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ACT V, SCENE i
VITUS, THE LORD CHRIST WITH THE APPEARANCE OF A LITTLE BOY, CELESTIAL CHOIR
Vitum in carcere solatur et animat Christus.
VIT. Good, this cell confines me in its deep bosom. This is Christ’s realm, this is the long sought-for home of the supernals. This prison is the mansion of the stars, this darkness is light, this stench, filth, and squalor my tapestries, these chains my bracelets. Oh, sweet knotted scourges! Oh gloom, equal to the glow of the stars! Oh soft flails! Oh, welcome blood from their blows! A thousand times over I praise you for such great gifts, Christ. Whence this great liking for a little boy, that permits me to serve You by experiencing these things? O would that whatever blood remains hidden in my veins would pour forth in profusion! Let my mangled frame, the pain of my disjointed limbs beat witness for You. May my bones burst for You, let Vitus be torn into a thousand pieces. (A vision of Christ bearing a triumphant cross is displayed for Vitus.)
CHR. Oh, continue, you blessed boy, continue and reap the palms of victory. Heaven-sent strength will be yours. By your suffering you will conquer whatever evil remains. There will be no delay, your final day of life and suffering is at hand. A single hour will crown your head with the honor of laurels, and consign you to Me. Meanwhile, accept this token of My love, and receive this wound, inflicted by My tender spear. (He touches his breast with the burning foot of His cross. A chorus sings from a cloud.).
Come now, receive these sweet flames. Gratefully receive the love of heaven. Suffer this deep, God-inflicted wound, and let its fiery virtue govern you, spread throughout your inmost being. Most blessed the man who, wounded by celestial fire, has abandoned this life for the love of the Lord.
VIT. What torch, what heat scorches me with its unexpected heat? The warmth melts my marrow, I am turning to ash. It is love. My heart is afire with boundless love. Christ, Vitus is burning for You and is wholly ablaze with Your fire. I am being burned. Ala, my heart cannot bear such great flames. You heavenly hands, bring here your fountains, bring water’s chill and sprinkle this burning boy. At water’s behest let love moderate its torches.
CHR. You struggle in vain, My boy. Not even if the ocean should abandon its sea-bed could it diminish this heat. You want surcease? Give Me your life, your blood will quench the heat.
Hearing the celestial music, two jailors are converted to Christ.
JAIL. 1 Miracles, concerning which no day should stand silent! What’s this light? What’s this sound, produced by musical mouths? I am eagerly going in search of Christ.
JAIL. 2 O what a sweet, welcome murmur! Oh, this is a day which even Phoebus shuld envy! Heaven has come down to this prison, and a greater brightness has illuminated its cells than does the sky. I am deserting to the Christians, to Hell with the gods!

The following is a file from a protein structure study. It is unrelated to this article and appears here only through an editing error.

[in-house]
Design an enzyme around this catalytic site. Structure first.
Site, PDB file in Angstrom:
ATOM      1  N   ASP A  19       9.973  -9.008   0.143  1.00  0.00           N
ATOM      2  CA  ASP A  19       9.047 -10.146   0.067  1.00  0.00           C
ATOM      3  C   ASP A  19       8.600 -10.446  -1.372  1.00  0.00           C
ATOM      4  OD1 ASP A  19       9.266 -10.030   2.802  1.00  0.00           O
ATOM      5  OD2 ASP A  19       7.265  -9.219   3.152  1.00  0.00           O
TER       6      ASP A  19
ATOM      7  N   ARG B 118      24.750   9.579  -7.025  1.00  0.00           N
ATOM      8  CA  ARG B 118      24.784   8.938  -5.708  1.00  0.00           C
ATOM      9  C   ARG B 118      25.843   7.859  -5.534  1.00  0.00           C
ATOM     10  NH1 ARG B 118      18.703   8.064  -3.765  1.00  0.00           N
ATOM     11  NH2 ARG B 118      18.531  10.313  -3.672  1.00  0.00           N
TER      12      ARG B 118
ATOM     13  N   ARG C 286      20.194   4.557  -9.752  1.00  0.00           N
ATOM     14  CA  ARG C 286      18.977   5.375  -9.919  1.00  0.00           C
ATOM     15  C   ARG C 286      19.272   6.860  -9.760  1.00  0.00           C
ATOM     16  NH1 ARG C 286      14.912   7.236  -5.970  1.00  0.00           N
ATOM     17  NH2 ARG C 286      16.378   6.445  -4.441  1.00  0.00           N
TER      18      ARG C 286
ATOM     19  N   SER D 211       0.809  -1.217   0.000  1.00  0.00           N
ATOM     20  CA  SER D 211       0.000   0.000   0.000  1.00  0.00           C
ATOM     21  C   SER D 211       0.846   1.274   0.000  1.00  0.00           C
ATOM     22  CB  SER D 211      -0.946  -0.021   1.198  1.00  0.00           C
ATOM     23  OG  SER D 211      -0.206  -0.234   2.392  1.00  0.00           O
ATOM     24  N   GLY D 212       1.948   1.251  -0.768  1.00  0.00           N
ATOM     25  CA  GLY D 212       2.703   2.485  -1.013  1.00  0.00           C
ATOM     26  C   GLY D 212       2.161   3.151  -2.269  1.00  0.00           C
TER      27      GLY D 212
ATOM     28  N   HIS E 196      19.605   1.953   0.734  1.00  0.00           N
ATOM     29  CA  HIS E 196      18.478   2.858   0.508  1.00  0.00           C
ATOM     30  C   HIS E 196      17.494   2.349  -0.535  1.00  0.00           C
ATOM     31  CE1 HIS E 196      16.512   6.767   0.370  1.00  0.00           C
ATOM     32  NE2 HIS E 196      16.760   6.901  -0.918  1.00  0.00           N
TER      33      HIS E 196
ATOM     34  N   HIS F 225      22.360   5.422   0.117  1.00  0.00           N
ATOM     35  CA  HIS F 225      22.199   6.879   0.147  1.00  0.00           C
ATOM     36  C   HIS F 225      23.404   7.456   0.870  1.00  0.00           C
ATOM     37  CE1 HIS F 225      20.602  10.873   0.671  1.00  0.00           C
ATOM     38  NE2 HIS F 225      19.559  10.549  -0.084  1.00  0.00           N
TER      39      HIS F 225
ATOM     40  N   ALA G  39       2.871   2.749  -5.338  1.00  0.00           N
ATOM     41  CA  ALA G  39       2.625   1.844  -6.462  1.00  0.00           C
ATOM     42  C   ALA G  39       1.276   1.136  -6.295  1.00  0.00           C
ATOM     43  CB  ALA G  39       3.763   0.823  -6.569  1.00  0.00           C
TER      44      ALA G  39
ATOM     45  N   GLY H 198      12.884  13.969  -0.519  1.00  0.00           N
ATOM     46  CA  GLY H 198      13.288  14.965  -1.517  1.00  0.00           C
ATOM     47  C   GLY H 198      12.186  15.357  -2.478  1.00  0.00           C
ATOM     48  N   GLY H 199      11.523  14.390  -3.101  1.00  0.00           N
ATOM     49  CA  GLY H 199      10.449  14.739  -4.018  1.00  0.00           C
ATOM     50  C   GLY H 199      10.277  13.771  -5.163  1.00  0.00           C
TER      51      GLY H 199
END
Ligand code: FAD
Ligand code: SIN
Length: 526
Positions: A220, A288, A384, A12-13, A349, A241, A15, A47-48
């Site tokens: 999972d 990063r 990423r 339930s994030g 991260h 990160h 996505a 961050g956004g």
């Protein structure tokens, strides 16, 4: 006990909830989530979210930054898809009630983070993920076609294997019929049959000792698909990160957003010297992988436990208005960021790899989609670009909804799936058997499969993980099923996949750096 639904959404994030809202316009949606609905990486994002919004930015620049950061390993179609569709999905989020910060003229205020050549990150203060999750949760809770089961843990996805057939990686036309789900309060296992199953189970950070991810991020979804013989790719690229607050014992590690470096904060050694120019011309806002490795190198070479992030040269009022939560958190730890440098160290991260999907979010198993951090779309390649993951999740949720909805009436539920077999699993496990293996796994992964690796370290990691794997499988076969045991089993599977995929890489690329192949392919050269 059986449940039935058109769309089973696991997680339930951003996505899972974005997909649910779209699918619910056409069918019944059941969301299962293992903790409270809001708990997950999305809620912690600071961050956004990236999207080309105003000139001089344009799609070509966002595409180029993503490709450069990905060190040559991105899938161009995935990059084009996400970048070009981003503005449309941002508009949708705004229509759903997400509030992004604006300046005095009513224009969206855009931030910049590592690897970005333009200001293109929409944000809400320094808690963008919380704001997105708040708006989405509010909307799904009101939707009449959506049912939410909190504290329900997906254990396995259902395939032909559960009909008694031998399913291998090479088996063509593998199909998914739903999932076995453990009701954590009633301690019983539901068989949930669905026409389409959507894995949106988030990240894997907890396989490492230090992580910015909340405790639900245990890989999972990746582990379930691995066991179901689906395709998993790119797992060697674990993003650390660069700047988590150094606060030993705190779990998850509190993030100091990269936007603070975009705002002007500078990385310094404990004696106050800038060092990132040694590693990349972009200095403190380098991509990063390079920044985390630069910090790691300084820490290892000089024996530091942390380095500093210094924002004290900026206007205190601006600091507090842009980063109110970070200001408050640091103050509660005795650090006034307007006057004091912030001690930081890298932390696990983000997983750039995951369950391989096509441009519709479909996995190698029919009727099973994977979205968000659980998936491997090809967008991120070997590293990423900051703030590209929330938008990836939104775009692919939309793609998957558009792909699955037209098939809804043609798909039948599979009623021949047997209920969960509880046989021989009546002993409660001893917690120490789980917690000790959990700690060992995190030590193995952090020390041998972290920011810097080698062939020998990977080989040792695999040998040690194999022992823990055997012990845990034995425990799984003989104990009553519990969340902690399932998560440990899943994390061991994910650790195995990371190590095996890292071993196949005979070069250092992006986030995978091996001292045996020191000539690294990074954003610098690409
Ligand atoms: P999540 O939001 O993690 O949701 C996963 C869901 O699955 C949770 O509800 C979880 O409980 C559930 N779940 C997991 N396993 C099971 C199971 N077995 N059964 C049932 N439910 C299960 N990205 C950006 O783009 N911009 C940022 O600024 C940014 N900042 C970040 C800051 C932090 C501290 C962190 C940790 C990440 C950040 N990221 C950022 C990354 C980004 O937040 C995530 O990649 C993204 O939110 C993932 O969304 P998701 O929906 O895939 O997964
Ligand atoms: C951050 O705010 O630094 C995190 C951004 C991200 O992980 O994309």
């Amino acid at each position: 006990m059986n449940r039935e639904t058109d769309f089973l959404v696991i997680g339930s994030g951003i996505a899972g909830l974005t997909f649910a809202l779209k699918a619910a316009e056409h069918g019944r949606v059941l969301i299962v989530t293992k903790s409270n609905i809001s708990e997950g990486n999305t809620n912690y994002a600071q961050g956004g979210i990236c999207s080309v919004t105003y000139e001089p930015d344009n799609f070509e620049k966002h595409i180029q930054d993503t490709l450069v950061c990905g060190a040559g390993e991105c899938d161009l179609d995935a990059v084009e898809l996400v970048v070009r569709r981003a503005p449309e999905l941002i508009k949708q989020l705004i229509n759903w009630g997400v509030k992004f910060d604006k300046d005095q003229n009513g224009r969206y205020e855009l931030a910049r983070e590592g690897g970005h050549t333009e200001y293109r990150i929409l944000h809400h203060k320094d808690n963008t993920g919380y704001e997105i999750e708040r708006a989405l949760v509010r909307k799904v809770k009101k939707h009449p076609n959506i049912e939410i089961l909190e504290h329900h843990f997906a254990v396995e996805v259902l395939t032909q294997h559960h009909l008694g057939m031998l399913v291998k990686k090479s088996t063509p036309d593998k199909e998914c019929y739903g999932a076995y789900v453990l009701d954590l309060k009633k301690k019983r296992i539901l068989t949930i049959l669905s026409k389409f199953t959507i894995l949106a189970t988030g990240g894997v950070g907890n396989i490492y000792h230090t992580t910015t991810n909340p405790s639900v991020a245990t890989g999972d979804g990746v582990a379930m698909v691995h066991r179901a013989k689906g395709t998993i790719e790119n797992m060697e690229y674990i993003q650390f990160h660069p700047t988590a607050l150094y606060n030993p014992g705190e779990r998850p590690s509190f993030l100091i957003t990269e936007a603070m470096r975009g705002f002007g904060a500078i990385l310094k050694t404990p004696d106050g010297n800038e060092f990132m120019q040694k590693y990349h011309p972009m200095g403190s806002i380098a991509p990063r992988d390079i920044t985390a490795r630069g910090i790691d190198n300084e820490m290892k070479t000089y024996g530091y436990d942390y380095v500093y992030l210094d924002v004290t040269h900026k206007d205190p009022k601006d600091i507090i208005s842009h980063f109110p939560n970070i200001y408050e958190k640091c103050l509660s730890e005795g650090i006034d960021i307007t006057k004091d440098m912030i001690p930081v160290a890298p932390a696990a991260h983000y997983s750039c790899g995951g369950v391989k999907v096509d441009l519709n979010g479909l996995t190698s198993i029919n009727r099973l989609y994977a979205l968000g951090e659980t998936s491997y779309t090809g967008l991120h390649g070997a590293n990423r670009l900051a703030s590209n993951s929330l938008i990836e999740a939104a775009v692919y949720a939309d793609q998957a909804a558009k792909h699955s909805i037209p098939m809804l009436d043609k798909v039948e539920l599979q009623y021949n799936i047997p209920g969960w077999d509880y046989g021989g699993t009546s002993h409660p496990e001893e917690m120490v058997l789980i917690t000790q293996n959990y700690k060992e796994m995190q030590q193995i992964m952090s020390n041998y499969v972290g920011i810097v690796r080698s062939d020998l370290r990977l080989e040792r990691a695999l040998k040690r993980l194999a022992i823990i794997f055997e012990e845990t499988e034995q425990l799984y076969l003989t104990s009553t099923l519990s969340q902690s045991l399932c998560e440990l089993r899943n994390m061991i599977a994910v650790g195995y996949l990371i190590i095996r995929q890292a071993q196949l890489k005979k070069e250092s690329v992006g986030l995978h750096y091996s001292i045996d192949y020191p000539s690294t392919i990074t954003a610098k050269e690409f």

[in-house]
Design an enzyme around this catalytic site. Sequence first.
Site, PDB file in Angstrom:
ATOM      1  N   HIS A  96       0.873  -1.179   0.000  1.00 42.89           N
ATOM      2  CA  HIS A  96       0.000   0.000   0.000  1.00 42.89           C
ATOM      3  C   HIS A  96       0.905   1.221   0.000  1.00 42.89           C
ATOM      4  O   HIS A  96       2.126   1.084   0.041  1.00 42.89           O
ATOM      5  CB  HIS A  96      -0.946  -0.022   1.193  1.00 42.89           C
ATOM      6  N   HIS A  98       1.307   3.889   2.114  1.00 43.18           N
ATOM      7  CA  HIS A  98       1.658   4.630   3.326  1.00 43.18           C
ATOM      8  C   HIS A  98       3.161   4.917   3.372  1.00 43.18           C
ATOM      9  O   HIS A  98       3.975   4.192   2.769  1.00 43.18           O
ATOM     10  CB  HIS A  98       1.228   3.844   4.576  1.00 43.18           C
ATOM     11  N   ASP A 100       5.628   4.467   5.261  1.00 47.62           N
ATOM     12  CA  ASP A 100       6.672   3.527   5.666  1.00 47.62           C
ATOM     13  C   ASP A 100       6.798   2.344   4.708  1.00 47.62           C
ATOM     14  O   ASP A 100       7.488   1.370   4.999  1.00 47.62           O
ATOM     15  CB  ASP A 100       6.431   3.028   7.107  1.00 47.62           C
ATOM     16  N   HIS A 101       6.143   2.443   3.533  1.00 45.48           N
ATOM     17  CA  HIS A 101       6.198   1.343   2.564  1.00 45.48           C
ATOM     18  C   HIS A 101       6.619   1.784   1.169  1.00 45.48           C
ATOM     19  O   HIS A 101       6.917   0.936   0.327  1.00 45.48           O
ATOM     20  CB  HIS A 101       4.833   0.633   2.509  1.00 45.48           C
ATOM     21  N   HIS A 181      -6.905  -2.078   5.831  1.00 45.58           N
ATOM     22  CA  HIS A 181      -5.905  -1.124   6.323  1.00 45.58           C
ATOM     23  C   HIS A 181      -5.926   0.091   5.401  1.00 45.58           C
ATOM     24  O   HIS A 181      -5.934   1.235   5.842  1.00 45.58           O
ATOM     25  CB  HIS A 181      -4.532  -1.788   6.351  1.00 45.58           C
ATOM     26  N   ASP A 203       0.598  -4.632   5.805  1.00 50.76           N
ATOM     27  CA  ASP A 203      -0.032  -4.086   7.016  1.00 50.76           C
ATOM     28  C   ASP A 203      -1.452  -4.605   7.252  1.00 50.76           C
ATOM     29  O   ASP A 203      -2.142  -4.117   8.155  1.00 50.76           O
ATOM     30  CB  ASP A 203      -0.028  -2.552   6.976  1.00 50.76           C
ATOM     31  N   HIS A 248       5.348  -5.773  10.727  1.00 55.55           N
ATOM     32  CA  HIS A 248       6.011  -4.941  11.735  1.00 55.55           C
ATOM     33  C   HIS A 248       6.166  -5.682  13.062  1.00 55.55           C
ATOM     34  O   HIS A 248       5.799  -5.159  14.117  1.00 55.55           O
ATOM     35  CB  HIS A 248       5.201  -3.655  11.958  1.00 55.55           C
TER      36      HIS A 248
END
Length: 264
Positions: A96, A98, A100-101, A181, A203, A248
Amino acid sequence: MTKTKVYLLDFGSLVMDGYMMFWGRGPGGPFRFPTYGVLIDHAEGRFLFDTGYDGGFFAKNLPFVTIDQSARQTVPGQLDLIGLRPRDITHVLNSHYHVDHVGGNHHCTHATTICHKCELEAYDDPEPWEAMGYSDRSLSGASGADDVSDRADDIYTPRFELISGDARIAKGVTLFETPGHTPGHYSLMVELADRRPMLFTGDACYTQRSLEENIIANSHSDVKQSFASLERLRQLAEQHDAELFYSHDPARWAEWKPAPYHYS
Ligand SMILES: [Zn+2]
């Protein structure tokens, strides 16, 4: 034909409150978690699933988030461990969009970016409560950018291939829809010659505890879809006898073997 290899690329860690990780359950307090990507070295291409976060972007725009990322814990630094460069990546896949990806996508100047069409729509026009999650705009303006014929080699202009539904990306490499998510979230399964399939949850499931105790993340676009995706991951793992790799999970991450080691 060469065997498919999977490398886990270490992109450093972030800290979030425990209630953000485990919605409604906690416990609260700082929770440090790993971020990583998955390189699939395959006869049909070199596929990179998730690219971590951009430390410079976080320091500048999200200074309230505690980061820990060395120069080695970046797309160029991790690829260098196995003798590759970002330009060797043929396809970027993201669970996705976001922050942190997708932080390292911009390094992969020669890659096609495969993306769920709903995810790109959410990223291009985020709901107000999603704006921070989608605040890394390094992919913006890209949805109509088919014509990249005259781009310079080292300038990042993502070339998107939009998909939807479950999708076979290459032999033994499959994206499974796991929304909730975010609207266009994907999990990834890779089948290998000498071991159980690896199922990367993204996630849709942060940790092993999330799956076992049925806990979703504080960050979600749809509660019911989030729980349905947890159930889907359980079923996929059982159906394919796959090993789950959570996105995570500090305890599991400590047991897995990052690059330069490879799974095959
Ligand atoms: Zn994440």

The warden informs the emperor of what has transpired in the prison, and of the desertion of the two jailors.
WARD. My prison lies in the palace basement, where the depressed ground reaches down towards the Styx beneath it, dug deep in the earth where its dark recesses keep out the sunlight. Within reside the image of Dis, bristling darkness, and the still that attends on black silence. A dire vapor hovers over the dank dungeon. Everything is foul with stench, and the place of punishment is worse than the punishment itself. In its cavern I had shut up the rebellious Vitus, and closed the door with a triple lock of brass, when suddenly the prison started to tremble, the soil began to bellow from deep within the earth, and the house to totter with all its ceilings. At the first hearing, I shuddered and hunted for the sound. The crashing appeared to emanate from Vitus’ cell. I came a-flying, and you must believe this strange monstrosity. A light brighter than the sun had penetrated to the dark room where the boy was locked up and hidden away. Throughout this never-seen dwelling a bright light from heaven shone with a bright light.
DIO. Was any sound heard?
WARD. A divine sound, produced with heavenly art. A sound such as Phoebus does not make when he plies his lyre with a musical thumb. How this arcane tune penetrated my inmost being! How it swayed my feelings and penetrated to the core of my amazed mind!
DIO. But meanwhile you didn’t see any companion?
WARD. None. And yet the boy’s chains had been stricken off, the one that I myself had placed on him with my very own hands, making them tighter than adamant.
DIO. Let your tight-lipped loyalty keep this incident a secret.
WARD. It is well known.
DIO. Who spread the word?
WARD. More than one man. When both of my servants caught sight of it, they confessed that Christ is the only God, with Jove rejected.
DIO. They will die, I swear. But see, the lictor is dragging the felons into my presence, bound in chains.
Having unsuccessfully tried every method of perverting Vitus, Diocletian finally sentences him to death by melted lead.
DIO. Tell me, you most elegant of boys, how your mind is bent.
VIT. My evils have improved my mind, Caesar.
DIO. A welcome statement! At last you please me. You may amuse yourself throughout my royal court, you sweet light of the Caesars. Tell me how this happened.
VIT. Languor was weighing on my mind, I loved too sluggishly. But prison enlivened my long-suppressed fires, and bound me to the God of the Christians all the tighter. My love blazed up. I breathe You alone, Christ, to the whole world I proclaim that You are God.
DIO. A god invented by a human brain.
VIT. Just as Pallas sprang from the pregnant brain of Jove. Christ is the Ruler of the world, the Father of the stars and of mankind, the sure salvation of this passing world, and even by the shedding of my blood I attest that He is God.